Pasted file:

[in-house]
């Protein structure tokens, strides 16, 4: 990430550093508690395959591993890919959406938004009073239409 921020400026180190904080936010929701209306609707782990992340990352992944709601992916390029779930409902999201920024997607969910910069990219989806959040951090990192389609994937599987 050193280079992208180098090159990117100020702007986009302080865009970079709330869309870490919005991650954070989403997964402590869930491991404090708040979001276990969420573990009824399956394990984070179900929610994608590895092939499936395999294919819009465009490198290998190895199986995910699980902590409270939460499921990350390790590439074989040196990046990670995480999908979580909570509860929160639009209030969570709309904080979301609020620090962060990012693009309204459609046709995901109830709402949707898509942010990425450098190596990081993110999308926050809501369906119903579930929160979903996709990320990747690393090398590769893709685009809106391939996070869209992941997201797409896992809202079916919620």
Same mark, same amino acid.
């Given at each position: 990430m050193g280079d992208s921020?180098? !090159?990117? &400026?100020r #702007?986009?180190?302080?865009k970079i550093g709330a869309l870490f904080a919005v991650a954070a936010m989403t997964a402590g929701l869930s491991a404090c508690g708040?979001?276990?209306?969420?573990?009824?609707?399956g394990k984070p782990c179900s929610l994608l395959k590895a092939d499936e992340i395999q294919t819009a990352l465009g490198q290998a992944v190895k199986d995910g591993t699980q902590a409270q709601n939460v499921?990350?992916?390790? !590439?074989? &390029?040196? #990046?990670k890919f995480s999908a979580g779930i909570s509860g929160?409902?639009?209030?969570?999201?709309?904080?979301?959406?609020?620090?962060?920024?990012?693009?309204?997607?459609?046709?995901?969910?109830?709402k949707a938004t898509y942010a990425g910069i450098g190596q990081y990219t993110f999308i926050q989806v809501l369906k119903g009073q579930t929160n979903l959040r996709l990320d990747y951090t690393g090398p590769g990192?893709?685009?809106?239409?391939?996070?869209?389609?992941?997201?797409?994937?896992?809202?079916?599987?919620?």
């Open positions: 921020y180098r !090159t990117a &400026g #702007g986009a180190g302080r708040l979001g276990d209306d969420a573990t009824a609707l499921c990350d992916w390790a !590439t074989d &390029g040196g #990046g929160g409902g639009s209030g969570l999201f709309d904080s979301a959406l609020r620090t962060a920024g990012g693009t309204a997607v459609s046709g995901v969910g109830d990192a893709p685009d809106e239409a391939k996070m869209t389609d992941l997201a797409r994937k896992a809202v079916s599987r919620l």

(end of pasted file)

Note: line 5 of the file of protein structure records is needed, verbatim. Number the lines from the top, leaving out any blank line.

């Open positions: 921020y180098r !090159t990117a &400026g #702007g986009a180190g302080r708040l979001g276990d209306d969420a573990t009824a609707l499921c990350d992916w390790a !590439t074989d &390029g040196g #990046g929160g409902g639009s209030g969570l999201f709309d904080s979301a959406l609020r620090t962060a920024g990012g693009t309204a997607v459609s046709g995901v969910g109830d990192a893709p685009d809106e239409a391939k996070m869209t389609d992941l997201a797409r994937k896992a809202v079916s599987r919620l």